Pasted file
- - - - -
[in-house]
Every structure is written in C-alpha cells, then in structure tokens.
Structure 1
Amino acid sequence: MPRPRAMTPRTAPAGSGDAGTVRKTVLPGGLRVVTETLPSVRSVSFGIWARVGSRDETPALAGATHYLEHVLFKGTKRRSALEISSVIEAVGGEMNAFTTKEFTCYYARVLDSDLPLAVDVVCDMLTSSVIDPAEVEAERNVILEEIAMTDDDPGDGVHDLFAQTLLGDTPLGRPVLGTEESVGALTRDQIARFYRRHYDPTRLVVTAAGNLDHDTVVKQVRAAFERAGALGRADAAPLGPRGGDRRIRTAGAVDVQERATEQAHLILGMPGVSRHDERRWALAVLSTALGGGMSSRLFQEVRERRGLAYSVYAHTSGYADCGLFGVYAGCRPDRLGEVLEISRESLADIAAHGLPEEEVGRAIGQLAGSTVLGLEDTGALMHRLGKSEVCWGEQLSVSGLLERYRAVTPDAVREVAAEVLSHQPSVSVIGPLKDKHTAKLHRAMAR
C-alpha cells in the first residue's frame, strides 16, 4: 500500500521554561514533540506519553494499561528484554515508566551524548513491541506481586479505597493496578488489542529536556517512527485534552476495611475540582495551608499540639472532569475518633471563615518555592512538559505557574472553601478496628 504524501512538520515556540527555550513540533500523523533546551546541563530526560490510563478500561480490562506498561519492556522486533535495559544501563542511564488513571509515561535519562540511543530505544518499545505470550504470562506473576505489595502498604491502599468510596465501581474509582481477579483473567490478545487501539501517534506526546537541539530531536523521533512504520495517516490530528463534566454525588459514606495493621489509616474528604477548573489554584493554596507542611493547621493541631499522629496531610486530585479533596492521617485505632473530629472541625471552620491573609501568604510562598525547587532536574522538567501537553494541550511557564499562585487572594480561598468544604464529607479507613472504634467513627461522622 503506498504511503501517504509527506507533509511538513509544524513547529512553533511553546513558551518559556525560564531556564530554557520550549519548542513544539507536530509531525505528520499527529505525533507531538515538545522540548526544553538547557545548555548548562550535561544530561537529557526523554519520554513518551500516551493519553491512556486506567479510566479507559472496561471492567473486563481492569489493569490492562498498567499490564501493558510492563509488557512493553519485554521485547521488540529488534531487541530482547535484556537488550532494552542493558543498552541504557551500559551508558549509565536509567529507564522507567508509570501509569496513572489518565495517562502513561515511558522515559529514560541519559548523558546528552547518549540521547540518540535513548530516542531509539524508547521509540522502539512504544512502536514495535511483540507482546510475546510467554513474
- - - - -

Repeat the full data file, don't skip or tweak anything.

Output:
[in-house]
Every structure is written in C-alpha cells, then in structure tokens.
Structure 1
Amino acid sequence: MPRPRAMTPRTAPAGSGDAGTVRKTVLPGGLRVVTETLPSVRSVSFGIWARVGSRDETPALAGATHYLEHVLFKGTKRRSALEISSVIEAVGGEMNAFTTKEFTCYYARVLDSDLPLAVDVVCDMLTSSVIDPAEVEAERNVILEEIAMTDDDPGDGVHDLFAQTLLGDTPLGRPVLGTEESVGALTRDQIARFYRRHYDPTRLVVTAAGNLDHDTVVKQVRAAFERAGALGRADAAPLGPRGGDRRIRTAGAVDVQERATEQAHLILGMPGVSRHDERRWALAVLSTALGGGMSSRLFQEVRERRGLAYSVYAHTSGYADCGLFGVYAGCRPDRLGEVLEISRESLADIAAHGLPEEEVGRAIGQLAGSTVLGLEDTGALMHRLGKSEVCWGEQLSVSGLLERYRAVTPDAVREVAAEVLSHQPSVSVIGPLKDKHTAKLHRAMAR
C-alpha cells in the first residue's frame, strides 16, 4: 500500500521554561514533540506519553494499561528484554515508566551524548513491541506481586479505597493496578488489542529536556517512527485534552476495611475540582495551608499540639472532569475518633471563615518555592512538559505557574472553601478496628 504524501512538520515556540527555550513540533500523523533546551546541563530526560490510563478500561480490562506498561519492556522486533535495559544501563542511564488513571509515561535519562540511543530505544518499545505470550504470562506473576505489595502498604491502599468510596465501581474509582481477579483473567490478545487501539501517534506526546537541539530531536523521533512504520495517516490530528463534566454525588459514606495493621489509616474528604477548573489554584493554596507542611493547621493541631499522629496531610486530585479533596492521617485505632473530629472541625471552620491573609501568604510562598525547587532536574522538567501537553494541550511557564499562585487572594480561598468544604464529607479507613472504634467513627461522622 503506498504511503501517504509527506507533509511538513509544524513547529512553533511553546513558551518559556525560564531556564530554557520550549519548542513544539507536530509531525505528520499527529505525533507531538515538545522540548526544553538547557545548555548548562550535561544530561537529557526523554519520554513518551500516551493519553491512556486506567479510566479507559472496561471492567473486563481492569489493569490492562498498567499490564501493558510492563509488557512493553519485554521485547521488540529488534531487541530482547535484556537488550532494552542493558543498552541504557551500559551508558549509565536509567529507564522507567508509570501509569496513572489518565495517562502513561515511558522515559529514560541519559548523558546528552547518549540521547540518540535513548530516542531509539524508547521509540522502539512504544512502536514495535511483540507482546510475546510467554513474